Courtly Song in Late Sixteenth-Century France
Brooks concentrates on a period in which the court's importance in projecting the symbolic centrality of monarchy was growing rapidly and considers the role of the air in defining patronage hierarchies at court and in enhancing courtly visions of masculine and feminine virtue. Her study illuminates the court's relationship to the world beyond its own confines, represented first by Italy, then by the countryside. In addition to the 40 editions of airs de cour printed between 1559 and 1589, Brooks draws on memoirs, literary works, and iconographic evidence to present a rounded vision of French Renaissance culture.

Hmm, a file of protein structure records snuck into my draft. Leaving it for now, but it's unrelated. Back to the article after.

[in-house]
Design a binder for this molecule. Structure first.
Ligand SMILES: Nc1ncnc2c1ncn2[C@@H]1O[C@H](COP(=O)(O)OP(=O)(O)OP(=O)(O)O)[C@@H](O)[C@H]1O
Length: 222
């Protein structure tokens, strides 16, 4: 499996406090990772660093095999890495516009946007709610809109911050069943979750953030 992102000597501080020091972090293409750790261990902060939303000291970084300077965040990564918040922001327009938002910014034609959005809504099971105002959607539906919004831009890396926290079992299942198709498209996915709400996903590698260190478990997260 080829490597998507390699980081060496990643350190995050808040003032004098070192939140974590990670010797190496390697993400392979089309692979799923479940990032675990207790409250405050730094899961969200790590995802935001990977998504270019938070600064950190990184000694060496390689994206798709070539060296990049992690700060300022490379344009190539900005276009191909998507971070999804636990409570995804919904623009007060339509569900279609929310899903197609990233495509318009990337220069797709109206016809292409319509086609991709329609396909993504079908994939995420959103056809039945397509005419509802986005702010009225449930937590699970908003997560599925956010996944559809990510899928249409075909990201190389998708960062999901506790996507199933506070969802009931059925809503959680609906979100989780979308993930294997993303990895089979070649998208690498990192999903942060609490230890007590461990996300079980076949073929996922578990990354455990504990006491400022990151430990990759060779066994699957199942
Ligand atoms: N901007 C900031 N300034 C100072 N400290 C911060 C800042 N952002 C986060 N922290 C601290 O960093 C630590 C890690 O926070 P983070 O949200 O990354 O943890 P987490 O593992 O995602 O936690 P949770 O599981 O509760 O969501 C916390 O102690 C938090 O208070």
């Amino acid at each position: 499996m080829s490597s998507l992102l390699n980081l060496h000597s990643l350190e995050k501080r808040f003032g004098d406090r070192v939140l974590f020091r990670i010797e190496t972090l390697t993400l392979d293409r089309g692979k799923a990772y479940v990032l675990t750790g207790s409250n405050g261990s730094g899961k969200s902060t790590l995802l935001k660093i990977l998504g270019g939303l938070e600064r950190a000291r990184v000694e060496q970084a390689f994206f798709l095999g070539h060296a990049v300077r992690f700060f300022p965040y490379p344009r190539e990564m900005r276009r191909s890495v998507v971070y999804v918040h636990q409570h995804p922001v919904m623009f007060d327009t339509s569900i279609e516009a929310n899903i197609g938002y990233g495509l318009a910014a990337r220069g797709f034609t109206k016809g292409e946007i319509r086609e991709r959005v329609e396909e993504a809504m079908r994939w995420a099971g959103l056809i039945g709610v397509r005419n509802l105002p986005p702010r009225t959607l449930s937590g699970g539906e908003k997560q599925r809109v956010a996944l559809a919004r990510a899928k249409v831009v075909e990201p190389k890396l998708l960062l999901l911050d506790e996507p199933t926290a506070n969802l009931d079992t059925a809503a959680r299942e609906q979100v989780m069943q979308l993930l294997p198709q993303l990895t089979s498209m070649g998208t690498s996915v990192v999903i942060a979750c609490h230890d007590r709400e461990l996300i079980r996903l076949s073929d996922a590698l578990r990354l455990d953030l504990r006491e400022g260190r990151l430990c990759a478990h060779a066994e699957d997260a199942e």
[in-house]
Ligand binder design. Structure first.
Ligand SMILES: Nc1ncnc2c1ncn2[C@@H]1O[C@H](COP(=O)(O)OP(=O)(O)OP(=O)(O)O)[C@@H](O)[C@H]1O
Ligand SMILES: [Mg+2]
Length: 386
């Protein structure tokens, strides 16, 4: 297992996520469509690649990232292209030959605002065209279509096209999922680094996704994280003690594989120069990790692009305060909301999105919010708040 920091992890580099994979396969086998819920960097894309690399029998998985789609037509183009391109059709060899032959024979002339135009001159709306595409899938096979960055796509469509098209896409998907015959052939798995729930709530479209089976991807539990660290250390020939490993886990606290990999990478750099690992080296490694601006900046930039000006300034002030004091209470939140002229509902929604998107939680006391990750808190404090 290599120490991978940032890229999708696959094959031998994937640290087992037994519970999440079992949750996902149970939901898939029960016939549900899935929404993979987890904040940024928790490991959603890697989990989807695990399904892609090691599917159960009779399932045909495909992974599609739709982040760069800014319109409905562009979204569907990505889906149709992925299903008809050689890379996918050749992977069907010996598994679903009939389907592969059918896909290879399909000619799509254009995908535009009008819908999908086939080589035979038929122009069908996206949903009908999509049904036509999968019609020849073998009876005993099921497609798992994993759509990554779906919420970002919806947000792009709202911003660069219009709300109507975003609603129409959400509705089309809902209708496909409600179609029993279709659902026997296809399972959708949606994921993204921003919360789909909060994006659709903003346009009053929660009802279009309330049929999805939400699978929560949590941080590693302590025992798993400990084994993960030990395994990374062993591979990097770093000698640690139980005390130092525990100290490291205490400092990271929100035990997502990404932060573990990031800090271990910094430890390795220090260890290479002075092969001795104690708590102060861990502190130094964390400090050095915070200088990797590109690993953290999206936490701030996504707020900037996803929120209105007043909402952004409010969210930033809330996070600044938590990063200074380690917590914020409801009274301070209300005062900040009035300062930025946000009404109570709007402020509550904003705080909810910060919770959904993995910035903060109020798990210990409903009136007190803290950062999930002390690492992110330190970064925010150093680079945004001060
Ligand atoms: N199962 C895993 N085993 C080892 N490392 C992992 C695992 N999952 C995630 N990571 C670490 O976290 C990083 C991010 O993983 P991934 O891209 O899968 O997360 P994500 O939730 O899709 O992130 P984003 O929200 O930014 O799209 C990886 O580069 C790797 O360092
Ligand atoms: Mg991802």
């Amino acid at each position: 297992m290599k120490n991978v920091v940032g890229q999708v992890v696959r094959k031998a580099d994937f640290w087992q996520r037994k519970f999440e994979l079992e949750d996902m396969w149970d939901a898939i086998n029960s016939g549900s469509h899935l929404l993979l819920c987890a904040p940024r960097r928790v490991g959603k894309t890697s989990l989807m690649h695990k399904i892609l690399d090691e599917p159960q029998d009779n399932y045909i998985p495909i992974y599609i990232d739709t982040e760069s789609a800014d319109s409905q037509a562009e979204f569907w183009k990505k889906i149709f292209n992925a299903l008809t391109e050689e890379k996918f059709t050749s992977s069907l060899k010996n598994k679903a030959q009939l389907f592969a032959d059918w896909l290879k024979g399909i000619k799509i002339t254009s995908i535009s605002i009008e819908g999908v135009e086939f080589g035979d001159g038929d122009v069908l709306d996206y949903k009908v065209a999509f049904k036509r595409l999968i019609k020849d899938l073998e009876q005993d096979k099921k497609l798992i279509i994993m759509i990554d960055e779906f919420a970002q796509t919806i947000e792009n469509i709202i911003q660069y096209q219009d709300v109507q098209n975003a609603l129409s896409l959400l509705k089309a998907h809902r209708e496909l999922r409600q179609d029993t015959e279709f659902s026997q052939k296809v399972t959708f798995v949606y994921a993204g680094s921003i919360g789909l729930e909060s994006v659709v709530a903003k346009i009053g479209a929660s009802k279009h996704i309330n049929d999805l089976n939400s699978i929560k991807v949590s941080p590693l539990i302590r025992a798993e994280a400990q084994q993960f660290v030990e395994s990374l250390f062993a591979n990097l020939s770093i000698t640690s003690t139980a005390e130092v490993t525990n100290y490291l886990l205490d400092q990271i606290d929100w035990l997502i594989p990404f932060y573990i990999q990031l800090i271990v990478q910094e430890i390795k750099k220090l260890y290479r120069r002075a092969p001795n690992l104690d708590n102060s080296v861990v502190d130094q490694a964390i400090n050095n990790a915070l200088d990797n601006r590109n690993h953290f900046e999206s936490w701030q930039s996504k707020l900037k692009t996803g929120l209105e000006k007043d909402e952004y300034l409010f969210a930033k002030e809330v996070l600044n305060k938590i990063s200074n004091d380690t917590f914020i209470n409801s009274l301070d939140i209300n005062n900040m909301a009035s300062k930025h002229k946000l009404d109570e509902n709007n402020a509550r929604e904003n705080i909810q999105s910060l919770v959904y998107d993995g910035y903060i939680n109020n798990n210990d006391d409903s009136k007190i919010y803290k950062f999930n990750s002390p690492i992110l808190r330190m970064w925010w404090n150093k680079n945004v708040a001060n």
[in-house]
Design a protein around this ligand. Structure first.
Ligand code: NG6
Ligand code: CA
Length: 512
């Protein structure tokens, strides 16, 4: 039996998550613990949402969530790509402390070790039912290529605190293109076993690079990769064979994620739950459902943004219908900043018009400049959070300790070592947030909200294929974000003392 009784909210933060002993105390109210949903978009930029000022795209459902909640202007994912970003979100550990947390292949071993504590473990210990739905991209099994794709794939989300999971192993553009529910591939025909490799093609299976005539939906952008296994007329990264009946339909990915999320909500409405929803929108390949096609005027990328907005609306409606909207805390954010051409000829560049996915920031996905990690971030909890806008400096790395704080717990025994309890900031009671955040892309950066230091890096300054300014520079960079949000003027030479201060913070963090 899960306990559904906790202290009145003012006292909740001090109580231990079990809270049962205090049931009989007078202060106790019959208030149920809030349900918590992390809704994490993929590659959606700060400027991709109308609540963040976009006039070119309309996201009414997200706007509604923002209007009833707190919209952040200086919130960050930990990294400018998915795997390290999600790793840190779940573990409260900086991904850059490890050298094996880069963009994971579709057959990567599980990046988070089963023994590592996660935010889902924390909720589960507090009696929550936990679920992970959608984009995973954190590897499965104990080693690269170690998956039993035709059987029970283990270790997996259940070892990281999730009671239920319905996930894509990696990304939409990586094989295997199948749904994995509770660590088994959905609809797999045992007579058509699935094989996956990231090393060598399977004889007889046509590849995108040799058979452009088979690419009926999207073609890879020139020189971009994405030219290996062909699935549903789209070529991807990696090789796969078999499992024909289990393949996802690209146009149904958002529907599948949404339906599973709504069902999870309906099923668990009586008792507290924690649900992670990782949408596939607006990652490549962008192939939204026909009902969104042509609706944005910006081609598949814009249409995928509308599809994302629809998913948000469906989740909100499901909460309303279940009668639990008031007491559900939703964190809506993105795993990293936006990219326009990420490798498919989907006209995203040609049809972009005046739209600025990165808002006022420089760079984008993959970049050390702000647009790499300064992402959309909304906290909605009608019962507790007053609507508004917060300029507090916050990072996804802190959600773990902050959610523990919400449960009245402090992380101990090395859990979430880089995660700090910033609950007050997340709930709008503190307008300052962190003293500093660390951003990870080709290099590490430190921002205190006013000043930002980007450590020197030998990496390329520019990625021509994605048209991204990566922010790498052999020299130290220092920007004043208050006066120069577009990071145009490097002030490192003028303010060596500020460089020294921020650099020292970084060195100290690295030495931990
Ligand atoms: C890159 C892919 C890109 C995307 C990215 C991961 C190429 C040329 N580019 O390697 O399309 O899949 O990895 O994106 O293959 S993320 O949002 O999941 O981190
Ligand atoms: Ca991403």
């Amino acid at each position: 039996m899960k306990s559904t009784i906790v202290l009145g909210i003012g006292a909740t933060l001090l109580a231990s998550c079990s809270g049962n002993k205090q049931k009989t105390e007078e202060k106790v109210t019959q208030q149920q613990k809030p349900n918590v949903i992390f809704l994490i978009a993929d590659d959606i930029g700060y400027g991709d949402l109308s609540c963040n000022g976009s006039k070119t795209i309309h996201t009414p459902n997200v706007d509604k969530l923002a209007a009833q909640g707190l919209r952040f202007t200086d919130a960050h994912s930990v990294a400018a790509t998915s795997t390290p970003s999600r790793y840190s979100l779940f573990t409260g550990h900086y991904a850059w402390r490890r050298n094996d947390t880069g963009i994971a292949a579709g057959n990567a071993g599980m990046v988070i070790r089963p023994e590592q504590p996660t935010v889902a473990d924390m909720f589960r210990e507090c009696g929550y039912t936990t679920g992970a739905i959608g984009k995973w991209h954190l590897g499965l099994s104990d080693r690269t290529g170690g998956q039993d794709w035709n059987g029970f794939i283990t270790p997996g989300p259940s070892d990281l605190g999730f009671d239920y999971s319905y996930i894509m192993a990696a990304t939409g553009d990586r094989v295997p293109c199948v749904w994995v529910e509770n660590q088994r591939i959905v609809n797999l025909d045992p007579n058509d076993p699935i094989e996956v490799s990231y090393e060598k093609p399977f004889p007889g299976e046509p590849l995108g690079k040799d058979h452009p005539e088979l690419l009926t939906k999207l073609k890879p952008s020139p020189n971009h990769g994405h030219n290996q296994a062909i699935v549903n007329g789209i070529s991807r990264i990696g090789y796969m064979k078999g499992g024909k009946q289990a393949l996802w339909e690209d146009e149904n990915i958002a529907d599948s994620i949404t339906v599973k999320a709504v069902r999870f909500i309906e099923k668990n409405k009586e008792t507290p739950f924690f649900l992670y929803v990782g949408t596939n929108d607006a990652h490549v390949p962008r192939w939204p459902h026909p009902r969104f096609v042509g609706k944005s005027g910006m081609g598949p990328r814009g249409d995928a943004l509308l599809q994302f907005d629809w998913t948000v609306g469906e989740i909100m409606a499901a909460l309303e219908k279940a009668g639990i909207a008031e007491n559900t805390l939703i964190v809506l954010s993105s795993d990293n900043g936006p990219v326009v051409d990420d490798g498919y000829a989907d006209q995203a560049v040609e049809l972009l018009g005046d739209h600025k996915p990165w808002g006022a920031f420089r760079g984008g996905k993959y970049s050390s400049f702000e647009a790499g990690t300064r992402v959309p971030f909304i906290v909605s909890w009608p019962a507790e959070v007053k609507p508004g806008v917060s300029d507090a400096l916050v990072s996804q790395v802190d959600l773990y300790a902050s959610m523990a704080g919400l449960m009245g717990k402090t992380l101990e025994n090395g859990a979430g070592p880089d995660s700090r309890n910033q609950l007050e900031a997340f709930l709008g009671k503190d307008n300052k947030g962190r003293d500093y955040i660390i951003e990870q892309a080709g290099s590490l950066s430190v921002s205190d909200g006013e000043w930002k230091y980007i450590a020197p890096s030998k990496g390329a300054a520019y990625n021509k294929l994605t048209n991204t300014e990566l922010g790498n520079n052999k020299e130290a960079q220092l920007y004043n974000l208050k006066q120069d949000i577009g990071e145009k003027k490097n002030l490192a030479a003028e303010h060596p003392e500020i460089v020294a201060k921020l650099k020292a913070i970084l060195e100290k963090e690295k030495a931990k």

The first book-length examination of the history of air de cour, this work also sheds important new light on a formative moment in French history.